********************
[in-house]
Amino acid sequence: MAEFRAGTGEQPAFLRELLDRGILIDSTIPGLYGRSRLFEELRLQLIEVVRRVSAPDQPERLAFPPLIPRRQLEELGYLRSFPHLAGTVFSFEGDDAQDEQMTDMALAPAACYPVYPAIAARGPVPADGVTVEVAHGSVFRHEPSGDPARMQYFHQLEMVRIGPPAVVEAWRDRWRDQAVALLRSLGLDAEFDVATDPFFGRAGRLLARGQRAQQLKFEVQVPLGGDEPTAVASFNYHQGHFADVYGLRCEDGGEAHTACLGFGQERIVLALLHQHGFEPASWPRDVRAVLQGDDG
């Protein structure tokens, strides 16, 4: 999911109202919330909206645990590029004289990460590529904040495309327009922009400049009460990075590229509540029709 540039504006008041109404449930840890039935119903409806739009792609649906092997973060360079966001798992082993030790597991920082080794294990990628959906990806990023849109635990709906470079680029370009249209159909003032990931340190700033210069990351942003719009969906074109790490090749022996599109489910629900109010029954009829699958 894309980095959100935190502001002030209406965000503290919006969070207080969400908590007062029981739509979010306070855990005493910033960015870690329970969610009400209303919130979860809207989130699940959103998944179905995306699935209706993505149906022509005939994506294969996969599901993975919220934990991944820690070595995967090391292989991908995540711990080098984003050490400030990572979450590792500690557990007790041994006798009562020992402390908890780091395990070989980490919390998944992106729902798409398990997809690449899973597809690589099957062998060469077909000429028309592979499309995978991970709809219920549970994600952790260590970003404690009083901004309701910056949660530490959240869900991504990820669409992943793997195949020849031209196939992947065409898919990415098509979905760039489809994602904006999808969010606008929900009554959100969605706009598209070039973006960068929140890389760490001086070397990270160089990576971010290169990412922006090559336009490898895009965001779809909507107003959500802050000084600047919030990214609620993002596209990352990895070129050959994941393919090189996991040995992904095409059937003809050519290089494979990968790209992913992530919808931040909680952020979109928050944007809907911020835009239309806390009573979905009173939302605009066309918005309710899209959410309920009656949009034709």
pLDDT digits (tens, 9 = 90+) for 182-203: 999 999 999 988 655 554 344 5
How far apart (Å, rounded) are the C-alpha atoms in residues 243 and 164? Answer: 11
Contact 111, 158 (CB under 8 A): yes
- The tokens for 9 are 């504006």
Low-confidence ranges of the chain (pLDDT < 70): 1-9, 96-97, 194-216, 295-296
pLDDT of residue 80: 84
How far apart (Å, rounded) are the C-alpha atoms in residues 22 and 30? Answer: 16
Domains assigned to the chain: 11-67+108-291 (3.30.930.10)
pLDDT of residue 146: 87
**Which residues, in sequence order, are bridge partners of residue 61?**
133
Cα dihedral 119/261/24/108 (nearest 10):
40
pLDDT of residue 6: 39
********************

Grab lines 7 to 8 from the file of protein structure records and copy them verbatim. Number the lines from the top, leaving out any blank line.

- The tokens for 9 are 């504006």
Low-confidence ranges of the chain (pLDDT < 70): 1-9, 96-97, 194-216, 295-296